INDIANAPOLIS — As Chad (C.J.) Red’s win total climbs, the clubs he belongs to contain fewer members.
On Saturday, the New Palestine junior became the 27th wrestler in Indiana High School Athletic Association history to win three state championships.
There are eight members of the four-time state title group. And only two wrestlers have ever completed an IHSAA career with undefeated records.
Red, at 139-0, has a chance to join the exclusive four-title and career-undefeated alliances next season. Lance Ellis said he believes Red will do it.
Ellis, the current Roncalli head coach, became the first wrestler in state history to compile a perfect career when he won his fourth championship for Cathedral in 1989 and finished 172-0. Alex Tsirtis (236-0) of Griffith duplicated Ellis’ feat in 2004.
Saturday at Bankers Life Fieldhouse, Ellis spoke on a number of topics, including the relationship between C.J. Red and his dad/coach, Chad Red Sr.
On whether or not C.J. Red can capture a perfect high school career:
“Definitely. Everybody knows that. He’s the real deal. He lives for wrestling. I don’t see him getting beat. He travels all over the country. His dad’s a great coach. They’ve got a good relationship. That’s what makes it click, the father-son relationship is really good.”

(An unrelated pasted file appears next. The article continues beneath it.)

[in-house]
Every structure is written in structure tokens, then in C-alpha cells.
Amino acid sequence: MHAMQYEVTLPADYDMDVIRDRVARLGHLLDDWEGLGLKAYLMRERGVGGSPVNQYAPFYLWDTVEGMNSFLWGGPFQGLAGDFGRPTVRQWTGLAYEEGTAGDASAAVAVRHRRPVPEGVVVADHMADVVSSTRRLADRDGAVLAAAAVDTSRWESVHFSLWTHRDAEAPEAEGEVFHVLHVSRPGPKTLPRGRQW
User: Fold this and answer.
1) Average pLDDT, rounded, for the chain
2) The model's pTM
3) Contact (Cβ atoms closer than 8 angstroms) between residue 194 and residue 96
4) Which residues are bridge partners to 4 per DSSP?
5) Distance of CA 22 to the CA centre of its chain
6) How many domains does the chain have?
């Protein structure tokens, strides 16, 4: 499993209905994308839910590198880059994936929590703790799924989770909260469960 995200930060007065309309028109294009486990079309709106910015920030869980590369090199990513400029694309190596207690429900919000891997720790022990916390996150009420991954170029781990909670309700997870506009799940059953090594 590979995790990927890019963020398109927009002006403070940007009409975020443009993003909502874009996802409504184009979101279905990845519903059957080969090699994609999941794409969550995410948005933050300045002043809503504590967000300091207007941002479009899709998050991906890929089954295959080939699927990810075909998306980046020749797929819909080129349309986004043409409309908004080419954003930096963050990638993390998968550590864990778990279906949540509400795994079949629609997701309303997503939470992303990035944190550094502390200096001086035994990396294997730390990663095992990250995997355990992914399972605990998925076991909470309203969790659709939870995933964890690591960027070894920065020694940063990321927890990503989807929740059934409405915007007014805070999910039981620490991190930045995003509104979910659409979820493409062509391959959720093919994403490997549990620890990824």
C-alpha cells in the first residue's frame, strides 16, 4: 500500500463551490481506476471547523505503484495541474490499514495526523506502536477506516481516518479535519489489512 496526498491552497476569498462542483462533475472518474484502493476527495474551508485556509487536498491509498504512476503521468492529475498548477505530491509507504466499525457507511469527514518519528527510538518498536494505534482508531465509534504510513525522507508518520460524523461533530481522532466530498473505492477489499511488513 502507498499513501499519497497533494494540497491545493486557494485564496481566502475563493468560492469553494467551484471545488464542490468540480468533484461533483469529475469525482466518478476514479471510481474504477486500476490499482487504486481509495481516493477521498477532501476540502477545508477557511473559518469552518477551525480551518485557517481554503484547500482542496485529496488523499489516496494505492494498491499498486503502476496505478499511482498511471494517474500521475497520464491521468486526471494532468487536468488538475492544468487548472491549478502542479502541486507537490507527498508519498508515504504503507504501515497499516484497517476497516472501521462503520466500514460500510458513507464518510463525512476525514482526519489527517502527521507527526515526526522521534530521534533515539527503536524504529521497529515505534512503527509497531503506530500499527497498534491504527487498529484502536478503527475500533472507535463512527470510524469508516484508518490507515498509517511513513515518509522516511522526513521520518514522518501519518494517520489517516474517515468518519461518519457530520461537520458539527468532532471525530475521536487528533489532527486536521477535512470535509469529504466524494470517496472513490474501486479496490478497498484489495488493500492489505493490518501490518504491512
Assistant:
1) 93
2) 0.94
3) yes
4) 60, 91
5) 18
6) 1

On Chad Red’s coaching:
“There’s a lot of good kids here who have been coached (in travel/offseason programs) by Chad Red since they were little kids: the Lee kids from Mater Dei (Nick Lee, champ at 132; Joe Lee, runner-up at 138); Blake Rypel (champ at 195); Alston Bane (third at 145), who pulled off some nice wins for Richmond today. He’s a Chad Red kid.
“I’ve got nothing but good things to say about coach Red and what he’s done. C.J. and my son (Nick Ellis, eighth place at 132 pounds) have been wrestling since they were 4 years old. And we beat him once when he was 4 (laughs), but we haven’t beat him since.”
On C.J. Red’s potential:
“He’s on another level, obviously. He’s the type of kid you might see in the Olympics one day, honestly. We’re lucky to have him in this state to help raise the level of the rest of these kids. They see C.J., and everybody knows, if you want to go to the next level, that’s where you need to be. And he’s definitely far above his competition.”
On heading into a senior season undefeated for a career:
“Going into my senior year, I was kind of like a veteran at that point. You just do the same routines that you do. You keep working hard.
“I’ll be honest with you, this tournament to C.J. Red is like a sectional for the country. He comes in knowing he’s going to win. And not being cocky, he comes in expecting to win. He’s already beat all these kids before. They’ve never even come close to him. So, he comes into a tournament like this, it’s just another day. He’s used to the big stage, the national stage, where he’s won.